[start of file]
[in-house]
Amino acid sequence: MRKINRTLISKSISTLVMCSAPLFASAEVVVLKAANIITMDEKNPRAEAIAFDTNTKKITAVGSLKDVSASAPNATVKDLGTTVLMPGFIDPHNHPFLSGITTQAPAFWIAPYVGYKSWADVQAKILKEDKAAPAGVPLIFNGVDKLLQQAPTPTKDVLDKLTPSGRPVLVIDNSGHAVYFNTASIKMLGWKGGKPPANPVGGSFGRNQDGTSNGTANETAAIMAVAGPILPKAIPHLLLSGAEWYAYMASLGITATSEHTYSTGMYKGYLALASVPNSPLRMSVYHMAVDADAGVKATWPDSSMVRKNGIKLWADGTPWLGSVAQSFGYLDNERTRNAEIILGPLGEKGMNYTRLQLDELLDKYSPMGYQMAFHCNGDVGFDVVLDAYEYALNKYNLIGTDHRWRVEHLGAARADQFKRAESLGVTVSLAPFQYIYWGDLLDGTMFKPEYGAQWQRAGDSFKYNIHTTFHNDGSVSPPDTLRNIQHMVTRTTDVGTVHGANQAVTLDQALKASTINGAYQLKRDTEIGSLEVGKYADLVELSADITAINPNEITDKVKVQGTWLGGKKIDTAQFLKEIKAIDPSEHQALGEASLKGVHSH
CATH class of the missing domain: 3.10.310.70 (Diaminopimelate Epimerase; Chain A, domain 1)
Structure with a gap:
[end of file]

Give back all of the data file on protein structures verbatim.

[in-house]
Amino acid sequence: MRKINRTLISKSISTLVMCSAPLFASAEVVVLKAANIITMDEKNPRAEAIAFDTNTKKITAVGSLKDVSASAPNATVKDLGTTVLMPGFIDPHNHPFLSGITTQAPAFWIAPYVGYKSWADVQAKILKEDKAAPAGVPLIFNGVDKLLQQAPTPTKDVLDKLTPSGRPVLVIDNSGHAVYFNTASIKMLGWKGGKPPANPVGGSFGRNQDGTSNGTANETAAIMAVAGPILPKAIPHLLLSGAEWYAYMASLGITATSEHTYSTGMYKGYLALASVPNSPLRMSVYHMAVDADAGVKATWPDSSMVRKNGIKLWADGTPWLGSVAQSFGYLDNERTRNAEIILGPLGEKGMNYTRLQLDELLDKYSPMGYQMAFHCNGDVGFDVVLDAYEYALNKYNLIGTDHRWRVEHLGAARADQFKRAESLGVTVSLAPFQYIYWGDLLDGTMFKPEYGAQWQRAGDSFKYNIHTTFHNDGSVSPPDTLRNIQHMVTRTTDVGTVHGANQAVTLDQALKASTINGAYQLKRDTEIGSLEVGKYADLVELSADITAINPNEITDKVKVQGTWLGGKKIDTAQFLKEIKAIDPSEHQALGEASLKGVHSH
CATH class of the missing domain: 3.10.310.70 (Diaminopimelate Epimerase; Chain A, domain 1)
Structure with a gap: